Late one evening while finishing up at the office, one of my patients stopped by my room to seek some information. She was appointed for some crown work in the near future but didn’t know what kind of crown she was getting. I looked at the chart and told her what the doctor was doing. It was at that point I realized a lot of patients are unaware or uniformed about the different types of crowns.
For those of you that don’t know, a crown or cap fits over the tooth to hold it together after being treated for decay, breaks or fractures. Ultimately her concern like many others was getting one that was long lasting, functional and good looking.
I let her know expressing those concerns to the dentist is a great idea. It may or may not alter the treatment plan but it assures you are on the same page. The dentist really has to use their best judgment when evaluating which type of crown to use. Now-a-days, there are many different types, and the success rate of the crown depends on many factors.
Currently the porcelain fused to metal or PFM crown is the most prescribed lab manufactured restoration. A metal liner fits snuggly over the tooth and then a porcelain layer is fused over the metal for aesthetics. This makes for an attractive yet durable restoration. A high noble metal mostly of gold is preferably used due to its biocompatibility and flexibility. There is also less chance of an adverse or allergic reaction. These crowns are strong and can withstand a lot of occlusal or biting force; great for people who clinch and grind. Although, some people do get bummed out when metal can be seen at the edge of the crown near the gums and the porcelain chips. Not that this happens all the time, but it can.
These crowns are the most natural looking available. Two common types of all ceramic crowns are the Lava crown and the Cerac crown. The Lava crown is milled at the lab and has a wonderful translucent appearance making the restoration look real. They are a good choice for front teeth but the dentist will have to use their judgment when it comes to back teeth. They are more fragile. The Cerac crown uses a harder more durable ceramic and has similar aesthetic qualities. It’s not as strong as a PFM, but works great in a broader spectrum of situations. Since it is milled at the dental office, the details of anatomy depend upon your dentist’s artistic ability. One very big benefit of the Cerac is having the crown made in one appointment and no temporary crown.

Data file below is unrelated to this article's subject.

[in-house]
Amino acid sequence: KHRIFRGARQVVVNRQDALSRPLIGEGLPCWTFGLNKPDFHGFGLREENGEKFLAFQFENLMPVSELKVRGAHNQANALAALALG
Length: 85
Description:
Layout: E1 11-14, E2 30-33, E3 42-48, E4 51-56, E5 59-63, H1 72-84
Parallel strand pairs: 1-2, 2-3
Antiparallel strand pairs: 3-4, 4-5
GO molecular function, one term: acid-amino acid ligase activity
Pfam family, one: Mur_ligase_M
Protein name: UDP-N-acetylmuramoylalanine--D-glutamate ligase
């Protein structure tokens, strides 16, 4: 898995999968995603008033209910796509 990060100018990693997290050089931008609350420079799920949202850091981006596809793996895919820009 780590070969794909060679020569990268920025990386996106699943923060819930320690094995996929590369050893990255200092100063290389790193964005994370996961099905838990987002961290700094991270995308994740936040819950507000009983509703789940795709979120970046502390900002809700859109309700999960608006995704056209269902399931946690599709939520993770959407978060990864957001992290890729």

Another very popular choice for crowns are the Zirconium crowns. Similar to ceramic crowns in the sense they are very natural looking. The difference being price and strength. These crowns do cost a little more but they are more durable and a great option for patients who do not want metal in their mouth no matter what.
Metal crowns have been around forever and for a good reason. They are made of gold or mostly gold due to the metal’s unique properties. Gold is extremely durable, fits with precision, doesn’t chip or break, withstands strenuous chewing conditions, and has a slower rate of wear. Metal crowns are probably the most reliable and long lasting of all the crowns today, but aren’t the most popular. Less and less are being fabricated because they are unnatural looking and gold is expensive. If they are used, it’s usually for teeth not visibly involved in the smile.
After a five year hiatus from going to the dentist my friend Natalie finally made an appointment. She had decided it was time due to sensitivity on the lower right and her teeth weren’t looking as bright as they once did. She for sure thought there was a cavity and was very nervous about going. […]Read More
Late one evening while finishing up at the office, one of my patients stopped by my room to seek some information. She was appointed for some crown work in the near future but didn’t know what kind of crown she was getting. I looked at the chart and told her what the doctor was doing. […]Read More